Horse riding is gaining ground in Thiruvananthapuram


Two equestrian training schools in the city have boosted interest in horseback riding with students as young as five taking the reins

Doctor Mumthas A took his 11-year-old son, Syed A, to learn horseback riding at the Riding School and Insaf Equestrian Club in Thiruvallam, near Thiruvananthapuram. Within a week, Mumthas found herself learning to walk and ride a horse.

“I was afraid of horses. I haven’t completely overcome this. Nevertheless, horseback riding is an exercise that I look forward to after a long day of work. Seeing my son bond with the horse, I was encouraged to try and ride him. That’s how I ended up holding the reins of Rani, ”said the 41-year-old.

Motivated by Mumthas, her friend and gym partner Priya Balakrishnan joined the class. Priya says that Anwar Hussain, lawyer and owner of Insaf training school, instilled in her the confidence to manage her horse even if it is just the start for her.

Horseback riding is gaining ground in Thiruvananthapuram with two new training schools galloping forward despite lockdown.

Students of Insaf Riding School and Equestrian Club in Thiruvananthapuram

students of Insaf Riding School and Equestrian Club in Thiruvananthapuram | Photo credit: Special arrangement

Skywings Horse Club, created by entrepreneur Shibu Thomas just before the lockdown in 2019, was the first. Spread over two acres of woodland space on the outskirts of Kowdiar Palace en route to Ambalamukku, Skywing has 12 horses stable on the property. It was their interest in horseback riding that prompted Shibu and Anwar to buy their own horses. After learning to ride, Shibu bought two thoroughbreds from studs in Bengaluru and Mysore.

What started as a hobby turned into a business venture when they noticed the growing interest in the horse among their family and friends. Shibu’s wife Ansa Shibu was one of the first to learn to ride a horse and as Ansa takes a brown mare with a blaze for a quick ride he proudly says that today she is the best in her life. family.

Shibu points out that members of the Travancore royal family loved horseback riding, especially the late Uthradam Thirunal Marthanda Varma. The city is also home to the Mounted Police Unit of the Kerala Police. “People here are used to seeing riders, but few of them know how to ride. It was considered an exclusive sport, inaccessible to ordinary people, ”he explains.

Anwar drove about 70 kilometers to Kollam to learn horseback riding at his friend’s house. On January 1, 2021, he bought two mares, a Kathiawari and a Marwari, both of Indian breed, from a stud farm in Pollachi and had them transported to his parent’s farm in Chirayinkeezhu, on the outskirts of town.

“Then I brought them to Thiruvallam and opened the riding school on April 19, 2021. I had lost weight and found horseback riding to be a wonderful way to exercise the body and the body. ‘spirit. I decided to open a riding school to give the townspeople the opportunity to learn horseback riding, ”says Anwar.

Find trainers

At present, Shibu and Anwar each have 12 horses. Buying the horses was not as difficult as finding good trainers. “I visited studs until I had good coaches, national level jumpers from Rajasthan and Andhra Pradesh, both professional,” Shibu recalls.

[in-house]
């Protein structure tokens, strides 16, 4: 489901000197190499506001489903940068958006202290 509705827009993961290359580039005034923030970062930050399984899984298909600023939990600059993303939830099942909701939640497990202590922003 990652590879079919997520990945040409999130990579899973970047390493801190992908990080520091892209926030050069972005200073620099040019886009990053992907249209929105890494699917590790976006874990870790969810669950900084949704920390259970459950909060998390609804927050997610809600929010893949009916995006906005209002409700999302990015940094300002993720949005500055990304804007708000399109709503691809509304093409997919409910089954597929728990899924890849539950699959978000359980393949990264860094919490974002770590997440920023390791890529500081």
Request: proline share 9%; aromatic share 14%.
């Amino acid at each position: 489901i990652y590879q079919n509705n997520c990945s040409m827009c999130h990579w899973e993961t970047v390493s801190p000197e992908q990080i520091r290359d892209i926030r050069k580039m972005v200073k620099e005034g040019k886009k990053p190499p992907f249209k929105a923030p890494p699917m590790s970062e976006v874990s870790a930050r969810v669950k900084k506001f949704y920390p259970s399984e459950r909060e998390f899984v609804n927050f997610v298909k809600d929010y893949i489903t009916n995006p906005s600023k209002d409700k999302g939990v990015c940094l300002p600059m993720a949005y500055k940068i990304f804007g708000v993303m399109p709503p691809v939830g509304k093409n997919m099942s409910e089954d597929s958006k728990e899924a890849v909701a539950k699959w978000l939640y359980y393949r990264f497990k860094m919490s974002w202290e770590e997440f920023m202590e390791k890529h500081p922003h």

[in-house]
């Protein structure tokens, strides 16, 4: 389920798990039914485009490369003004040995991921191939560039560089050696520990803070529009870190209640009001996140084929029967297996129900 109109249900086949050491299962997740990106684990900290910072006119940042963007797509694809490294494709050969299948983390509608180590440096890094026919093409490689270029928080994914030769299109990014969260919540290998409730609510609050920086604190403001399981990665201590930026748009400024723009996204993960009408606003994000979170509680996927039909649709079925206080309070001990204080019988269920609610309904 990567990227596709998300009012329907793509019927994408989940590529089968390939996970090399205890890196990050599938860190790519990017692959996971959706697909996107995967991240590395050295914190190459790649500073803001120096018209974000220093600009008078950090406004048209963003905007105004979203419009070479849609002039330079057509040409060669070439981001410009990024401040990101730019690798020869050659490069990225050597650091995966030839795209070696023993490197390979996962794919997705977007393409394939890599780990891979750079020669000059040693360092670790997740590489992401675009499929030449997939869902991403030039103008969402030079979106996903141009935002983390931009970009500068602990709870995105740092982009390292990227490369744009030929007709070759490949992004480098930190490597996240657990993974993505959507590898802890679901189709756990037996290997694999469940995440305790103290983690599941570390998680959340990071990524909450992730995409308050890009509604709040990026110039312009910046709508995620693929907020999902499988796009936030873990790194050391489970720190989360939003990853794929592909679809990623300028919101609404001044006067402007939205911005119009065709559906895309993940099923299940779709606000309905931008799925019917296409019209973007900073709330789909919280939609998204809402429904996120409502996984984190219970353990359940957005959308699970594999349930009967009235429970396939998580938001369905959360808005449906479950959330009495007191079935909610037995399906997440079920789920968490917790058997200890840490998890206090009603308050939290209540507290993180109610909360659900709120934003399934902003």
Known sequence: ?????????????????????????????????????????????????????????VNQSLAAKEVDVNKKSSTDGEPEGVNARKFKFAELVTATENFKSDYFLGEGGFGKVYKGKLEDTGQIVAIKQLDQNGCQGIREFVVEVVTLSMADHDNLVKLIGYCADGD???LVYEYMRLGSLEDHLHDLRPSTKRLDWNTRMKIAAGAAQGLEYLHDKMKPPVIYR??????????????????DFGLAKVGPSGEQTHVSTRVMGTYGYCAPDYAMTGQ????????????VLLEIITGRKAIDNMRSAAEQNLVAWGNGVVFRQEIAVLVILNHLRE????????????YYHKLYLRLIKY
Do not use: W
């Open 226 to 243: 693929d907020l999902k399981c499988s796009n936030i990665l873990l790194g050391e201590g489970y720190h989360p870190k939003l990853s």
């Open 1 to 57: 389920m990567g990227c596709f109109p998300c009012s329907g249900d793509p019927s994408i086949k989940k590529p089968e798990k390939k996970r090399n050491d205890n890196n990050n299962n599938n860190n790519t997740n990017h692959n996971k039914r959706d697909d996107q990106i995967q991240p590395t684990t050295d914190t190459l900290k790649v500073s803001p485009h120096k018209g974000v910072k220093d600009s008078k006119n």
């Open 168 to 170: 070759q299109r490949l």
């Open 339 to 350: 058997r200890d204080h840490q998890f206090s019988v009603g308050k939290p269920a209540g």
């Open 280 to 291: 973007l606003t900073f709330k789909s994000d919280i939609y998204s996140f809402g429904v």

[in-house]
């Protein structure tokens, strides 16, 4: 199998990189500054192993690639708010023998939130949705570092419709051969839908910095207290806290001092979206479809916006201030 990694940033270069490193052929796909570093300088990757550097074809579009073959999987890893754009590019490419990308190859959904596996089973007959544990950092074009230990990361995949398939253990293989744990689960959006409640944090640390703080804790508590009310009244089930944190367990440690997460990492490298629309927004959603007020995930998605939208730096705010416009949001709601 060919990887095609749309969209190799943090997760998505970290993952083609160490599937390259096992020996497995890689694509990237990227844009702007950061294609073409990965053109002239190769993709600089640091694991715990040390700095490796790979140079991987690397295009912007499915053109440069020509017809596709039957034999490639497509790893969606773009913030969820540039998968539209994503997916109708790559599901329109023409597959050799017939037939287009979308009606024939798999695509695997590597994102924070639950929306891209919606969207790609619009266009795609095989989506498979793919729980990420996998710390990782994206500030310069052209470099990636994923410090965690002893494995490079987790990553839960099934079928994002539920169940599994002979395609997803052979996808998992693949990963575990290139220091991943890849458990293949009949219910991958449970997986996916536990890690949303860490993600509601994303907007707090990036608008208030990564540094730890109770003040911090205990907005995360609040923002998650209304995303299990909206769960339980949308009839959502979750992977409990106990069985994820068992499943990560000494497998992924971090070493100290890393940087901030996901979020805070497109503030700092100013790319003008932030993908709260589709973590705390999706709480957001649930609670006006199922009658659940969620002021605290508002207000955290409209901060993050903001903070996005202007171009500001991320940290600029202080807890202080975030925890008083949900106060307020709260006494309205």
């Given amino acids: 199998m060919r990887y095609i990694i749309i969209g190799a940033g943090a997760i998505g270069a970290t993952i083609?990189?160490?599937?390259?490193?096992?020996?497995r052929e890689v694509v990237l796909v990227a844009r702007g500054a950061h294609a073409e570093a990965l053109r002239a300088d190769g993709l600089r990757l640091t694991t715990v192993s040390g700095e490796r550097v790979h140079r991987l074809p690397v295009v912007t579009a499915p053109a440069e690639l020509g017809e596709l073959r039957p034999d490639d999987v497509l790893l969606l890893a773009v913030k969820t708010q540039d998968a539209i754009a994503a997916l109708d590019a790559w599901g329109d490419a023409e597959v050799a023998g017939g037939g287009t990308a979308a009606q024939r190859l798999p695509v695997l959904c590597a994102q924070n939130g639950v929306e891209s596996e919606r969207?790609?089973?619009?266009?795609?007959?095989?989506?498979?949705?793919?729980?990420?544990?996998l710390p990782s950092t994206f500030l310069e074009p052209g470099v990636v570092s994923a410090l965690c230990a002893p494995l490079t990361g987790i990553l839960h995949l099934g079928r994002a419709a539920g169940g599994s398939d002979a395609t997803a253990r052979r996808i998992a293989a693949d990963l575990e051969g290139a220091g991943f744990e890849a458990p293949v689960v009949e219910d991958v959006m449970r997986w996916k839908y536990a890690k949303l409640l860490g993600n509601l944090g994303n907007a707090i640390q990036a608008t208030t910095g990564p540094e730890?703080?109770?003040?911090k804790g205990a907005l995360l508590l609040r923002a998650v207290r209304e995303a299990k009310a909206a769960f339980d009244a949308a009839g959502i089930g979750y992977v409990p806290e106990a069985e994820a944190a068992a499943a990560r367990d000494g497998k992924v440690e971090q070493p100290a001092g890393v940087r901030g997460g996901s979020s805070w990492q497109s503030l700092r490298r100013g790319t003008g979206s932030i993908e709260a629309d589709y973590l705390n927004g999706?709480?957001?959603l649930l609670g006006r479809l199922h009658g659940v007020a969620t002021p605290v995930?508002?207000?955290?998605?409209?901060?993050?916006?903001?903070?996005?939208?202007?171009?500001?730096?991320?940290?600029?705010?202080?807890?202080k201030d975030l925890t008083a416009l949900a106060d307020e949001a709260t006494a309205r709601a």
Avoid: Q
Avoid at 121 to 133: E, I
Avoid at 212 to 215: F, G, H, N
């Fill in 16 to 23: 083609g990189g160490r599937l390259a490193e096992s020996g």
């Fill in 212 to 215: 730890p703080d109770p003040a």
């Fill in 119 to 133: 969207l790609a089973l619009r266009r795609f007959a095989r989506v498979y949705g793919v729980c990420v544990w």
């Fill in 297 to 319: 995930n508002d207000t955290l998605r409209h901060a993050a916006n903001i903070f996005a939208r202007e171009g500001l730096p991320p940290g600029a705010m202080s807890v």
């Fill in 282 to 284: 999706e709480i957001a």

Snuggling up a white stallion, Ruby, Shibu says he was bought at a fancy price in the Punjab where he was used in weddings. “The actor Tovino Thomas and Ruby had appeared in an advertisement. Soft and sympathetic, it makes sense if the rider makes it gallop when it can easily reach a speed of 70 km / h”, he explains .

Students of the Riding School and the Insaf Equestrian Club

Students of the riding school and the riding club Insaf | Photo credit: Special arrangement

Once the students, ranging in age from five to 50 years old, lose fear of the animal and can walk it, they are taught to trot, which requires stamina and skill. Currently, trainers in Rajasthan teach students about horses and later to walk with them. Anwar points out that his five-year-old grandson learned to ride a horse within a month.

Anwar and Shibu keep touting the benefits of horseback riding. Shibu says, “During the lockdown, I noticed my teenage son was glued to the screen. To get him out of the habit, I persuaded him to learn horseback riding. Within a week, I could perceive changes in him. He gained in concentration and enjoyed being in the open air with his horse. This is true for anyone learning to ride.

Classes are from 6 a.m. to 8 a.m. and from 4.30 p.m. to 6.30 p.m. The training is divided into two levels. After learning to walk and trot, students learn to gallop and gallop. The fees are between 10,000 and 15,000 for approximately 12 to 15 courses of each level with slight variations. Once they have learned to ride a horse, students can purchase a riding school membership or go to enjoy a ride for a fee.

Shibu has plans to invite visitors to spend a day with a horse or stay in the lush green space of a luxurious container house, all for a price of course.

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